The Pilot ! September 26, 1994 3
Faculty Spotlight introduces you to a
faculty member at Gardner-Webb each issue.
Elaine Groskopf: Nursing
by Brandy Faught
Nursing Professor, Elaine Groskopf re
cently received a large mail order package
at the post office. It contained 54 chickens.
“I warned them that the livestock was
coming,” said Groskopf smiling at the
thought. “They called me at 5:30 am the
morning the chickens arrived.”
The rural, small town farming atmosphere
attracted Groskopf to Boiling Springs and
Gardner-Webb. The location reminds her of
her home in Long Island and is close
enough to New York to facilitate trips
“I grew up farming before Long Island
grew up as a city,” she said. “We grew
potatoes, broccoli and com.”
“Until 1984 you could live with the
development,” she admitted. “But over
the last ten years, most of the farmers
have sold out.”
Groskopf obviously has a love for the
tradition of farming she grew up with.
Eveiy night she travels home and performs
at least four hours of physical work on her
“It's hard to balance both the farm and
school,” she said. “I couldn't do it alone.
A lady takes care of the farm during the
Although Groskopf does not have a full
working farm yet, she definitely will some
day. At the present time, she has four
horses, seven dogs, three cats, four geese,
five ducks and, of course, all her chickens.
“I want rabbits and goats,” she said. “I
might also get some peacocks in the
To Groskopf, who moved off her childhood
farm when she was eighteen, this farm is a
dream come true.
“This,” she said, “is heaven for me.”
Friday, October 14
10 am - 2 pm
* Shelby City Schools
♦Rutherford Co. Schools
♦Liberty Data Systems
♦and many more...
All Majors Welcome!
Students to share good news of Christ in Bolivia
by Brandy Faught
Christmas is to many a time of sharing,
and the New Year a time of new beginnings. A
team of Gardner-Webb students is taking the
traditional meaning of sharing and new begin
nings to a higher, deeper level as it travels to
Bolivia on a mission trip sponsored by the
Southern Baptist Foreign Missions Board.
A team of twenty students will travel to
South America over the holidays with the goal
of sharing the news of Christ with as many
people as possible in Bolivia.
“The whole focus of the trip is evange
lism,” says Burdette Robinson, Campus Min
ister. “We're trying to share Jesus with the
That may sound easy enough, but often
barriers such as language can pose a problem.
‘The hardest thing is overcoming the
language barrier and having to initiate conver
sations with people,” admits John Perrin, who
has been on a past team of G-W students in
The students traveling to Bolivia will be
accompanied by a translator and will have to
brush up on some basic Spanish phrases and
questions before beginning their journey.
An obstacle many would worry about is
the attitude of the Bolivians toward the work
of GWU students and other missionaries in
their country. The country of Bolivia is 95%
Catholic; however, for most of the people
there, Catholicism is only a feature of the
Those who describe the reactions of the
Bolivians seemed to be very positive about the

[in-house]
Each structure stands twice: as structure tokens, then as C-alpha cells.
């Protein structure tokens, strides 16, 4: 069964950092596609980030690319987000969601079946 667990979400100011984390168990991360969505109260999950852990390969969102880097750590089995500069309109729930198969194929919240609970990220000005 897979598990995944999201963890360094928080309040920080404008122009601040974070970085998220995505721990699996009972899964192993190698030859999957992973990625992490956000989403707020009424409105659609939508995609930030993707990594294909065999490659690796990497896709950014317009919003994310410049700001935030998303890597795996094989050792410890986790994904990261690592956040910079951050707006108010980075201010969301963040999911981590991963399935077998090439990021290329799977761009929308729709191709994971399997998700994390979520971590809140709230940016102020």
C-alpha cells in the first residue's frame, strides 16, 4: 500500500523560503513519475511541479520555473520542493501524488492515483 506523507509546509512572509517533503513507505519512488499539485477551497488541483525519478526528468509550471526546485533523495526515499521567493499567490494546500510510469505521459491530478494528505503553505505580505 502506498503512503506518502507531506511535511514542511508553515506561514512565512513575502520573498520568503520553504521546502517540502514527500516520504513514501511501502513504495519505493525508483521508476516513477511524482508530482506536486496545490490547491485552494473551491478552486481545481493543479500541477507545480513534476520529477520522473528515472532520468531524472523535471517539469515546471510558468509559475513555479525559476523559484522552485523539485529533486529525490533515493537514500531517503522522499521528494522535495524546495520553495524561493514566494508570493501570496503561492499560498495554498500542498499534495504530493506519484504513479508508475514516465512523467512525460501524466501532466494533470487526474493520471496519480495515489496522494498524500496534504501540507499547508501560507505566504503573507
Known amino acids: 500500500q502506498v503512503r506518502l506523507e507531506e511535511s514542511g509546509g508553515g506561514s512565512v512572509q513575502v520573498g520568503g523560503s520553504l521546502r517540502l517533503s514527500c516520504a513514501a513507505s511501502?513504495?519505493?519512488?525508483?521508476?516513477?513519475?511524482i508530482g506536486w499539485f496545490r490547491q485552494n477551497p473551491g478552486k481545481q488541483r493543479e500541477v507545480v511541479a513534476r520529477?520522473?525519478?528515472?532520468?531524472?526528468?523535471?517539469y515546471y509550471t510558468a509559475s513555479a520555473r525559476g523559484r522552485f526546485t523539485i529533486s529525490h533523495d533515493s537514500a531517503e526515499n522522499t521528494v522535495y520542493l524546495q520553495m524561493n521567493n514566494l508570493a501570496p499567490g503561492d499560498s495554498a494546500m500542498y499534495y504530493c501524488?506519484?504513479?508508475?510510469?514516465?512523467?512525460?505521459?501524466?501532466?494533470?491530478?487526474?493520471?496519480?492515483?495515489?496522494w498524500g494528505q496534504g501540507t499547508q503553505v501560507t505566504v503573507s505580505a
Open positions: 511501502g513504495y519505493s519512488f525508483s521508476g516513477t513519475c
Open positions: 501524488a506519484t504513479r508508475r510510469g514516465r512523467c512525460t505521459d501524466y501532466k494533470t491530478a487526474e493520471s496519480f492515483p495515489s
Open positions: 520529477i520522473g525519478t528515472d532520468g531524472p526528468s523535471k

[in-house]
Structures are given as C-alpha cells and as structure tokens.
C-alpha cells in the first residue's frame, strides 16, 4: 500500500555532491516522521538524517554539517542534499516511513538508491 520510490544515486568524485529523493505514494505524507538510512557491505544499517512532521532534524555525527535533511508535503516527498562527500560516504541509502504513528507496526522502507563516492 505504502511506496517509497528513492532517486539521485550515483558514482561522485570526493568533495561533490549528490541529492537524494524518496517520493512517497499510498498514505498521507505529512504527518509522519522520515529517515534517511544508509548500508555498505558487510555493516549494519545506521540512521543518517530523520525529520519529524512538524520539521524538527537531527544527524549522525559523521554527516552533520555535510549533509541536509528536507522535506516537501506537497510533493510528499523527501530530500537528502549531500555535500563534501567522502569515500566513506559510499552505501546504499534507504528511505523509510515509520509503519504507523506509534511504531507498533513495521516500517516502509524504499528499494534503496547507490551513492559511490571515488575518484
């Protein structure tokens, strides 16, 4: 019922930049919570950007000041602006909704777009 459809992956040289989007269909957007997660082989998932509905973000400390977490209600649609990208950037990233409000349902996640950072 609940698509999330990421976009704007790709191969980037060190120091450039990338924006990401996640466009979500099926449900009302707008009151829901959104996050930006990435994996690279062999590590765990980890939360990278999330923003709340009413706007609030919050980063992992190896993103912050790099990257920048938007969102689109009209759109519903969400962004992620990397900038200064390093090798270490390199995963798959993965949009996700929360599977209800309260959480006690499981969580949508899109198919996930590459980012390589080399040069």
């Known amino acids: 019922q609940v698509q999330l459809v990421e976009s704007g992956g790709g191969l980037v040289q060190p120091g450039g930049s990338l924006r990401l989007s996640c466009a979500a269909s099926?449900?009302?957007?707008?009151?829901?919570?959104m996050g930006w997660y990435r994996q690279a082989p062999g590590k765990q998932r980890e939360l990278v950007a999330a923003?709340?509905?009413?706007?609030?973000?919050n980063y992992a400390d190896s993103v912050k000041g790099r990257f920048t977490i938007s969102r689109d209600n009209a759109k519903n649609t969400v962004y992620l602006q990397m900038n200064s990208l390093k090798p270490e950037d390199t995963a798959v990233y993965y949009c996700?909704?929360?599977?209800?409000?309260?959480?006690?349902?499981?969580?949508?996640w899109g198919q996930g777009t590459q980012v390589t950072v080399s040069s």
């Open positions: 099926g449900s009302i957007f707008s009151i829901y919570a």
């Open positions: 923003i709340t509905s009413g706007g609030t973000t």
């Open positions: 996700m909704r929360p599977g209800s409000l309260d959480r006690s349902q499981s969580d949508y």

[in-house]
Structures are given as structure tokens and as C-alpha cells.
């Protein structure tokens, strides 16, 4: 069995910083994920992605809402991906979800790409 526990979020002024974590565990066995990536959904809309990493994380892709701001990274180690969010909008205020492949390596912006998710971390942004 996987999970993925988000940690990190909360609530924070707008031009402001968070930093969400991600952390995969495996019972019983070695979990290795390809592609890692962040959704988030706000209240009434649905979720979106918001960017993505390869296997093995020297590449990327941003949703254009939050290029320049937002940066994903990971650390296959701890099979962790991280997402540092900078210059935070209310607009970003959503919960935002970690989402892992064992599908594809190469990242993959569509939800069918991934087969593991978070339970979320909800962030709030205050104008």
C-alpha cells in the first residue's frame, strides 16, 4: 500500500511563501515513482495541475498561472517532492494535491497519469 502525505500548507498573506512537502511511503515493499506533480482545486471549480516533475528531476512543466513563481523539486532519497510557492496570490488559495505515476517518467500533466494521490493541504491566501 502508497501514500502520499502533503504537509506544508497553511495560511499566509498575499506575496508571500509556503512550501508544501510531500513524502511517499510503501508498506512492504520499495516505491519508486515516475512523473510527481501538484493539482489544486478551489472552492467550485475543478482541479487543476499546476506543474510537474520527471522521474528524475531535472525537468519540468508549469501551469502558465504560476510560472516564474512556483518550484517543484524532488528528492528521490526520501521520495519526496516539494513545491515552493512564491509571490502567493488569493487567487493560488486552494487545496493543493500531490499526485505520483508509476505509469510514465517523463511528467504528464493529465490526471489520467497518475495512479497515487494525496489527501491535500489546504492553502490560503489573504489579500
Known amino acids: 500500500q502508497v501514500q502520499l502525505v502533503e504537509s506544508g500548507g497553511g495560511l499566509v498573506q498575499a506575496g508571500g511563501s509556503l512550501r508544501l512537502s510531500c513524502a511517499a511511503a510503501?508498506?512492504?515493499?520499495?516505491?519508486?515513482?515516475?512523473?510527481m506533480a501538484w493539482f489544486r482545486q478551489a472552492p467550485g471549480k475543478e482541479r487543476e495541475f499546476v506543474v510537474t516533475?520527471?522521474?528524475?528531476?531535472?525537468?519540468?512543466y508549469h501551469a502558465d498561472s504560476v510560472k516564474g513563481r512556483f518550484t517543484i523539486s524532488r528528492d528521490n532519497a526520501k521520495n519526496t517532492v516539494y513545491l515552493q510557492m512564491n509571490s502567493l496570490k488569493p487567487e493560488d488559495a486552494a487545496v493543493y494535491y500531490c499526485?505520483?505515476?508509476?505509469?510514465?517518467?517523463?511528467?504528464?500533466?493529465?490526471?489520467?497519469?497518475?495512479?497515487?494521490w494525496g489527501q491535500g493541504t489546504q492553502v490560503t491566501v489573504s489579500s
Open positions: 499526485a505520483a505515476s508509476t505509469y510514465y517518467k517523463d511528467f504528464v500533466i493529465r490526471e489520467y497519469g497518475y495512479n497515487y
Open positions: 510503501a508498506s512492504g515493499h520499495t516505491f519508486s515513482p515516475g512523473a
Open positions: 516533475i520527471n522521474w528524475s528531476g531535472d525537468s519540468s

responses they have had on past trips.
Members of former Gardner-Webb teams helped the
young people of Bolivia establish a relationship with
Christ and with each other.
On the first trip, 400 people made deci
sions to become Christians.
“It's a very exciting atmosphere to see
people hungry for Christ,” says Robinson,
“especially compared to here, where people
don't care. You can walk up to anyone on the
street there, and they'll listen to you.”
While in Bolivia, the group will lead
worship services, use sports evangelism, per
form clowning in the streets, play music and
perform with puppets to spread their message.
They will use each of these methods to
attract the attention of the people so that they
can then present the gospel.
“The trip also has an impact on those who
go,” Robinson says. “We were blessed just as
much by having the opportunity to go and
Perrin also claims one of the most re
warding experiences of the mission was “just
knowing that the team's presence down there
helped to plant the seeds for the further work of
the missionaries in Bolivia.”
Trading Places continued from page 1
Lecture Series speaker as well as preparing for
Celebration Night that evening.
This idea was introduced by BSU vice-
president, Jeff Dean. He received the idea
from his mother, who is a professor at Furman
“It's been a while since most faculty mem
bers have been in a classroom,” said Jeff. “ It
also builds more respect for faculty members.”
So far, participants include Dr. Blackburn,
Dr. Bonner, Audrey Sloan, Buddy Freeman
Don Durham, Wayne Johnson and Burdette
Robinson. The money raised from this activity
will go towards the BSU ministries.
The day will be exciting, adventurous
and, for some, a dream come true.
New Nutty Stuff
by James Julian
The Pilot correspondent
Top Ten Achievements By Former
♦ A.B. Ceedee actually graduated in 4 years
♦ LM. Ahlerghic never, not once, walked
on the grass in the quad.
♦ I.R. Inzane actually offered to be the RA
for 3rd Floor Mauney six straight semesters
♦ John Smith never participated in hall
visitation during his six year college career
♦ I. Rhead Daly actually scored a 4.0 during
a semester in which he took 3 science and 3
♦ Ima Jok was a five sport athlete in foot
ball, basketball, baseball, wrestling, and
underwater firefighting each of his 7 years
♦ Kathy Jonesby finally graduated after
changing her major five times during her
five years here.
♦ Carlos Normandy was the only student to
graduate without learning the breast, back,
or butterfly strokes.
♦ Idont Stoddy attempted CCXP four
straight years and failed miserably all four
♦James Julian tried twice to come up with a
good New Nutty Stuff for The Pilot and
failed both times.